A panel of four Emergency Health Services (EHS) first responders spoke candidly about what it was like during the mass shooting that left 22 people dead, including a pregnant woman, and how it changed the way they approach their jobs. 

They also said their employer, EHS, did not do enough to support them in the aftermath or review its response to prepare for future emergencies. 

Aucoin, a paramedic, told the commission he and his coworkers didn't know the seriousness of the situation when they arrived in Portapique. (Andrew Vaughan/The Canadian Press)

Aucoin said he and Lowe, the second team of paramedics to be dispatched, realized they were close to danger only after they approached a site at Portapique Beach Road. They could see four fires on the horizon and had little information from police or their dispatchers about what was happening. 

RCMP officers put the patient in the ambulance and banged on the door, telling them to leave. 

"Obviously we were too close, we should never have been sent there, but we didn't know," Aucoin said, adding that usually when police request an ambulance it's considered safe to proceed. 

Twenty-two people died on April 18 and 19, 2020. Top row from left: Gina Goulet, Dawn Gulenchyn, Jolene Oliver, Frank Gulenchyn, Sean McLeod, Alanna Jenkins. Second row: John Zahl, Lisa McCully, Joey Webber, Heidi Stevenson, Heather O'Brien and Jamie Blair. Third row from top: Kristen Beaton, Lillian Campbell, Joanne Thomas, Peter Bond, Tom Bagley and Greg Blair. Bottom row: Emily Tuck, Joy Bond, Corrie Ellison and Aaron Tuck. (CBC)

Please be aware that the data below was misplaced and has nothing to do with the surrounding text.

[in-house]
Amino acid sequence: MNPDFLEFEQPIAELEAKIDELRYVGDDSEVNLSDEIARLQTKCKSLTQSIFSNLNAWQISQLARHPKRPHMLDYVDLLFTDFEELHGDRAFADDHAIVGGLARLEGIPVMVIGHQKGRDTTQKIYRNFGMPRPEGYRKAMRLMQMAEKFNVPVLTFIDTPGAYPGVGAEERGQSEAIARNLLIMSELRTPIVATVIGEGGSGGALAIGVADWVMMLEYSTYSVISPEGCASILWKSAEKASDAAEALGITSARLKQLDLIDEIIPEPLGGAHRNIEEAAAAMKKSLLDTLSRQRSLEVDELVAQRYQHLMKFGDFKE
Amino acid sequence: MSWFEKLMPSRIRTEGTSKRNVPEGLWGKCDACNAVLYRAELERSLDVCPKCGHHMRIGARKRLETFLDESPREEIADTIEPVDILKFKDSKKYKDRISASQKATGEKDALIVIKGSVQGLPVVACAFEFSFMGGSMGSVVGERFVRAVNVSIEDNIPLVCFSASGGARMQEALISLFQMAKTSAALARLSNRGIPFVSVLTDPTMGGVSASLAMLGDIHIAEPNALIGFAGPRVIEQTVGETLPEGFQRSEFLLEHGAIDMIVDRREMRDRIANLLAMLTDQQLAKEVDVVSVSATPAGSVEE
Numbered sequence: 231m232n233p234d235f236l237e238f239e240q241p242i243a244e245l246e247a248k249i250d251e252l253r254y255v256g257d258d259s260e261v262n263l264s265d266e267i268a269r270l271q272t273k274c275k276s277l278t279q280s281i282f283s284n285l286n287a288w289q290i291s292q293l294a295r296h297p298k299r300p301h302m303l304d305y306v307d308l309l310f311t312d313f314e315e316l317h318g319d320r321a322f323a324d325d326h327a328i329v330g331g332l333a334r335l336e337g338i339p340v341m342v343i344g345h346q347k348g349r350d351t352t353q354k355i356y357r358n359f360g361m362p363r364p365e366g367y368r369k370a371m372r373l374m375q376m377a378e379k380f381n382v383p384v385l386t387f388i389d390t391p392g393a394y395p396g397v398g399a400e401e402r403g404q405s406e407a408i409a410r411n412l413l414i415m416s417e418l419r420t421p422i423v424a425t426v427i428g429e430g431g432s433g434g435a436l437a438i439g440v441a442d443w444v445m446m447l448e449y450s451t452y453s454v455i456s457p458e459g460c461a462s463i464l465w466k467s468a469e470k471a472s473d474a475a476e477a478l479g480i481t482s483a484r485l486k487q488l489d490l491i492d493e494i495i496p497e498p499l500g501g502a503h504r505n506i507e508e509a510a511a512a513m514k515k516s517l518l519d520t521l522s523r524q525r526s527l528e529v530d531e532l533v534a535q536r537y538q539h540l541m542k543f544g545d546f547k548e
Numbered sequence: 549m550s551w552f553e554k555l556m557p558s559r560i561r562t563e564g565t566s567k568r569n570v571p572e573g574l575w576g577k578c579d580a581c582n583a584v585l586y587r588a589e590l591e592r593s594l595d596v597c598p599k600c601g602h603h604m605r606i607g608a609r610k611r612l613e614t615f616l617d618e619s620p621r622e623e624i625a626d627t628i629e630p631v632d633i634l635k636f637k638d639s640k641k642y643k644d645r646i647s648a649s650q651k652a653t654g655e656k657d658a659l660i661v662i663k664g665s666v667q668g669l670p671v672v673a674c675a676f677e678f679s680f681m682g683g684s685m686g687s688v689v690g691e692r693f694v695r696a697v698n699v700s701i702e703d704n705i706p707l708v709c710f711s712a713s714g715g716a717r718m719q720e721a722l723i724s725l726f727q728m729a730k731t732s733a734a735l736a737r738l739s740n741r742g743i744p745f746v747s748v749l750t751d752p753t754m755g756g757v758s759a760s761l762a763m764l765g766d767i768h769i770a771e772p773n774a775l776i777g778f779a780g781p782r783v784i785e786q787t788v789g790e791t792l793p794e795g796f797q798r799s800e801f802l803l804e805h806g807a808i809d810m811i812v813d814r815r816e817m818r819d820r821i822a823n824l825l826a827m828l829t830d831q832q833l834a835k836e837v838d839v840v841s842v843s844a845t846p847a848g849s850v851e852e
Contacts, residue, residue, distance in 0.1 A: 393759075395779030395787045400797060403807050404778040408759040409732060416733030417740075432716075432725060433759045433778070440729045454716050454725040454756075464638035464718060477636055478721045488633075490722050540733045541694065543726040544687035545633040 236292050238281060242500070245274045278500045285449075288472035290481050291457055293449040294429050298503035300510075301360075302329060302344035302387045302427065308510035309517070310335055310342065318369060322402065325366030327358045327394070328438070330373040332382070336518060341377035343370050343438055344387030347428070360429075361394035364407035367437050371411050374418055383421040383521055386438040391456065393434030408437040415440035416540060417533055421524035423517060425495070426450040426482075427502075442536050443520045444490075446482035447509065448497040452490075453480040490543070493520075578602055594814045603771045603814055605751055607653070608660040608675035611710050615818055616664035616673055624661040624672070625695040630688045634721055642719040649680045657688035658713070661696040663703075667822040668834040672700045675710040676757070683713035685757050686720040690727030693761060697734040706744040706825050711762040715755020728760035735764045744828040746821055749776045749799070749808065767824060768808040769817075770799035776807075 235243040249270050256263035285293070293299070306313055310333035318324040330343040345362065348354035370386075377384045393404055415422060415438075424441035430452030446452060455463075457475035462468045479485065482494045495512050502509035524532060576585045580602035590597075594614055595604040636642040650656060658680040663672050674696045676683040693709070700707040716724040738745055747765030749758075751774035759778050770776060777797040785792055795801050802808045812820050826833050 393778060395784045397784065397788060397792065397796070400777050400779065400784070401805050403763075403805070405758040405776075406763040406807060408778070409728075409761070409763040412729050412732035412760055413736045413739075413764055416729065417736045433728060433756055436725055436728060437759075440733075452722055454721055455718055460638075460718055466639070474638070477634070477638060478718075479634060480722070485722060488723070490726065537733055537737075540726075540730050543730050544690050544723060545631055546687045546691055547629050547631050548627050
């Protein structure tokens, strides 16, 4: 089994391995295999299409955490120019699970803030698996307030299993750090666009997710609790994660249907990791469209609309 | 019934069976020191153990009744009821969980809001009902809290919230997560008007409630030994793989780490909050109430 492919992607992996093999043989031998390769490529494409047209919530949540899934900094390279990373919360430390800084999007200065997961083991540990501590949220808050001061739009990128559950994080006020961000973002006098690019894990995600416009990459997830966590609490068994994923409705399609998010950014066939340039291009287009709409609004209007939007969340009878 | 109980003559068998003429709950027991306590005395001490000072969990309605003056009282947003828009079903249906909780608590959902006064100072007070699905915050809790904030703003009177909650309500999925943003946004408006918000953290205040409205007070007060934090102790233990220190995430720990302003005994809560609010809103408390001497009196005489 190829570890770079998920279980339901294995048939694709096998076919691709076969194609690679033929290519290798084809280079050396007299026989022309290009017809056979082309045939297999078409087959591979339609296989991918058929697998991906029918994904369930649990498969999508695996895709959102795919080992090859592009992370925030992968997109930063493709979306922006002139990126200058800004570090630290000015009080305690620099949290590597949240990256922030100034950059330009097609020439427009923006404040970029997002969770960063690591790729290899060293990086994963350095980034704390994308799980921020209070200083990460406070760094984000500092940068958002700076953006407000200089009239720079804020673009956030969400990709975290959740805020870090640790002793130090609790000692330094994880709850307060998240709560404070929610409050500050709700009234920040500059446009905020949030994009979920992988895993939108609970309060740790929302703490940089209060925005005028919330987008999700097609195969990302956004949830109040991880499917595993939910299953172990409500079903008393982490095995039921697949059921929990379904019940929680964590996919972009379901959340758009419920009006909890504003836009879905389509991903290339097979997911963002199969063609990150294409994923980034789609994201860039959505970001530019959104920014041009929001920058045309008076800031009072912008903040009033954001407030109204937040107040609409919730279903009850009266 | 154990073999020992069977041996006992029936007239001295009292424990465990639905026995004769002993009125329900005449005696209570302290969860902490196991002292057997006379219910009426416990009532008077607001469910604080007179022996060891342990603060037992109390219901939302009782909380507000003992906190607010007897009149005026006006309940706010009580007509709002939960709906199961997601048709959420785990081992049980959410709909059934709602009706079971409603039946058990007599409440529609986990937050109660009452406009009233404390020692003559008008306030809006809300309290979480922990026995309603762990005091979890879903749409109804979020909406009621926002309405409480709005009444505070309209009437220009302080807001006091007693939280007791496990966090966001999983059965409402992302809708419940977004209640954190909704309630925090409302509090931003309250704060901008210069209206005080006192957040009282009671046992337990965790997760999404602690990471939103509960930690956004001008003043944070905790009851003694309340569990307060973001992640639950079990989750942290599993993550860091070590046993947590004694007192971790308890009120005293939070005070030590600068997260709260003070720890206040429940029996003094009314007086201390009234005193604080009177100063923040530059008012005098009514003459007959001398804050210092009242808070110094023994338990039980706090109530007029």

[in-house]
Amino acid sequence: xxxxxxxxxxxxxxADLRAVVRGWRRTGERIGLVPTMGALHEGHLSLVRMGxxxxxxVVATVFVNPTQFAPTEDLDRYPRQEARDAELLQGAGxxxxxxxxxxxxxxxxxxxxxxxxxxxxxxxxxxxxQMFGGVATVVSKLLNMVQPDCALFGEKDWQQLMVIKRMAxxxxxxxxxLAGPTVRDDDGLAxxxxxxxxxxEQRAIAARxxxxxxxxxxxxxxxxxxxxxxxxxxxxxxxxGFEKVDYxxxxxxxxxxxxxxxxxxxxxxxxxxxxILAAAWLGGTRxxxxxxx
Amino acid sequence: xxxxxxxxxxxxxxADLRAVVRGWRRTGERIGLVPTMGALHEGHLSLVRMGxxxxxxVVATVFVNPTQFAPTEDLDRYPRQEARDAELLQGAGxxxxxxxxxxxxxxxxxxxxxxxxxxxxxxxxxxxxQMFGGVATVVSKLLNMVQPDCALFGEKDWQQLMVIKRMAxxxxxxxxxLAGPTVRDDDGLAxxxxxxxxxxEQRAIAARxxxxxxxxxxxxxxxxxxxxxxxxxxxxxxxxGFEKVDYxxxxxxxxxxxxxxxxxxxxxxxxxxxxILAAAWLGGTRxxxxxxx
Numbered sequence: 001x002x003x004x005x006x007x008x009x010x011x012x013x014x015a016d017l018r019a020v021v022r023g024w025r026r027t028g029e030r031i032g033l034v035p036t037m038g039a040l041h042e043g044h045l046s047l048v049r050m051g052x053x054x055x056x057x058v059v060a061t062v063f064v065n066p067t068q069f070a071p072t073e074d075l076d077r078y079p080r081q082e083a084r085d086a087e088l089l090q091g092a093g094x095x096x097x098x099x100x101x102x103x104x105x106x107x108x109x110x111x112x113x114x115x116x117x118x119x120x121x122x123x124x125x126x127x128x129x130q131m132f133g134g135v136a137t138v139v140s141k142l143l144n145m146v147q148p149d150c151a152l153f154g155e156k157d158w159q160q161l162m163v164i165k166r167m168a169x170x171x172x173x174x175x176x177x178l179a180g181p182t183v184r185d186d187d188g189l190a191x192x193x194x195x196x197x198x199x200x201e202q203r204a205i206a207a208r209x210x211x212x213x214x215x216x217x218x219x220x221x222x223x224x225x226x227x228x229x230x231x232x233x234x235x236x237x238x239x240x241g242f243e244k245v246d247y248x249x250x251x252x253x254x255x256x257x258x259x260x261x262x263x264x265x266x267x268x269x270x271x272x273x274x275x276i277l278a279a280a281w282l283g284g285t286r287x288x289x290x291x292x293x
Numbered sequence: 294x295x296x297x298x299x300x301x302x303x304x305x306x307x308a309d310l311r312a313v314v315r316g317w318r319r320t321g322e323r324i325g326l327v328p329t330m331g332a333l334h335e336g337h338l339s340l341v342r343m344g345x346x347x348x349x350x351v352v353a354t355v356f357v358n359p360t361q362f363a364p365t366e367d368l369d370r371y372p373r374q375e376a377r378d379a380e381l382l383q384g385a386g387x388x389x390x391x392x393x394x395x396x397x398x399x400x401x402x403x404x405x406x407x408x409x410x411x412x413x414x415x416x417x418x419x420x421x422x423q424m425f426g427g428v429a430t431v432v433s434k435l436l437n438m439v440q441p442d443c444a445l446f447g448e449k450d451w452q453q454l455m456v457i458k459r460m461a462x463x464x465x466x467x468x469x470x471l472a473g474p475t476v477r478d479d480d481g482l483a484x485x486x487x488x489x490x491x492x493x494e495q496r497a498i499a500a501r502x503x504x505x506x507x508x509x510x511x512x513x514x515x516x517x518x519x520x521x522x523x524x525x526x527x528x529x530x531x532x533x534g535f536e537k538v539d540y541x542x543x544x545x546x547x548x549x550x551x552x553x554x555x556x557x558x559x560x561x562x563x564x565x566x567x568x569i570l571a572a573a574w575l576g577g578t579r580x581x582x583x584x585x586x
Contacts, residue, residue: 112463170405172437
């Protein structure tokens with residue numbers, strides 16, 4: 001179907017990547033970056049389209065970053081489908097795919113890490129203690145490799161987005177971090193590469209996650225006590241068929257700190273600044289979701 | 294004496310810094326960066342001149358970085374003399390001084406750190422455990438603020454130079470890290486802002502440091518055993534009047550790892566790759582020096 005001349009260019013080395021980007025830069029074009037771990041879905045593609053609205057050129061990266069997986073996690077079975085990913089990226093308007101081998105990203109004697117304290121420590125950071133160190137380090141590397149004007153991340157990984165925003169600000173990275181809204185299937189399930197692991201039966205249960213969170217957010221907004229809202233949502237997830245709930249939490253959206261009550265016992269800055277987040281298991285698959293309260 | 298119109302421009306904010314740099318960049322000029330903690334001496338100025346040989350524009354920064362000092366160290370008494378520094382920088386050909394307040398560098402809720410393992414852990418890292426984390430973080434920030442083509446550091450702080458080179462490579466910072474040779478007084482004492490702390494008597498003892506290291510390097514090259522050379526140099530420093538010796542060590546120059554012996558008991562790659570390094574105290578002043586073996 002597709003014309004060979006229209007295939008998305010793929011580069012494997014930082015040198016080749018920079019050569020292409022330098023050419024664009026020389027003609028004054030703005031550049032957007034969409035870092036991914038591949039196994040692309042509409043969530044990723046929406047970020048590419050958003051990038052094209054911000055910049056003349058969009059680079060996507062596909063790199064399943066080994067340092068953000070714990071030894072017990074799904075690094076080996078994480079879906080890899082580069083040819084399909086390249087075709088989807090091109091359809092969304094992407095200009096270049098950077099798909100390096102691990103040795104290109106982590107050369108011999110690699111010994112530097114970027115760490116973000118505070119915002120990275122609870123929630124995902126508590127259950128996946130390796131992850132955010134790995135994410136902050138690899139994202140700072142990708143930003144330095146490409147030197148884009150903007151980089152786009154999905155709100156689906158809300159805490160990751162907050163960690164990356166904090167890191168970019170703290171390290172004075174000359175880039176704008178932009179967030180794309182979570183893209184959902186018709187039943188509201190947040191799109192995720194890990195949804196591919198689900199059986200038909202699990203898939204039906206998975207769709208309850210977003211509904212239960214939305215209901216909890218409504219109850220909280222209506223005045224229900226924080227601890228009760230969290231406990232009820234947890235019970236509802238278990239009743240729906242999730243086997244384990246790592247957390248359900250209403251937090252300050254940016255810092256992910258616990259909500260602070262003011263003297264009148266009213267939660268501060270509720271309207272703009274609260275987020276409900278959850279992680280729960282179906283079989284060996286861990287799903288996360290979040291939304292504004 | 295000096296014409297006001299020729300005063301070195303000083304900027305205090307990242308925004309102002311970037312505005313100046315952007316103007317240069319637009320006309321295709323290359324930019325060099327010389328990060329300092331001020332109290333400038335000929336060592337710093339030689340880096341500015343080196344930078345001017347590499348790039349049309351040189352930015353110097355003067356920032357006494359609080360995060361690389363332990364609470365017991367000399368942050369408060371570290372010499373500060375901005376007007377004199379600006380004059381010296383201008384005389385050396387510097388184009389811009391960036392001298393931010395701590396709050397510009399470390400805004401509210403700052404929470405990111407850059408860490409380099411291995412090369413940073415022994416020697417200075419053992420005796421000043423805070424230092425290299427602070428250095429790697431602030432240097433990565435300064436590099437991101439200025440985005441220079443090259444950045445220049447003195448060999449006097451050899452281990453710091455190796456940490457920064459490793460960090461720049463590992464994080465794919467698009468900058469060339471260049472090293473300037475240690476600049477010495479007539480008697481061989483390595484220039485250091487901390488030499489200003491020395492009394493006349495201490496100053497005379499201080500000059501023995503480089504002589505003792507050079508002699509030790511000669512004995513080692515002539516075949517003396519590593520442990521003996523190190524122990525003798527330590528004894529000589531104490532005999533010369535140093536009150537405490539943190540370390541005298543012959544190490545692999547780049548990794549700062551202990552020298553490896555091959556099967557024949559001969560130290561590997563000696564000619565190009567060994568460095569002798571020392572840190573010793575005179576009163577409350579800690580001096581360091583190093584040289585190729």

"They just wanted to get those people out and safe as quickly as possible. But at the same time, I think we were put in a position of danger that we should never have been in. Because we have nothing — no bullet-proof vests, no weapons."

They parked farther away, but it turned out to be near the gunman's escape route. Aucoin said as they realized the shooter might be on foot, they felt like "sitting ducks" and decided to move again.

It was only after their shift ended and they woke up the following day did they learn the full extent of the loss. 

"I just went to sleep thinking it was an isolated incident, then waking up to 19 to 20 people dead," Aucoin said.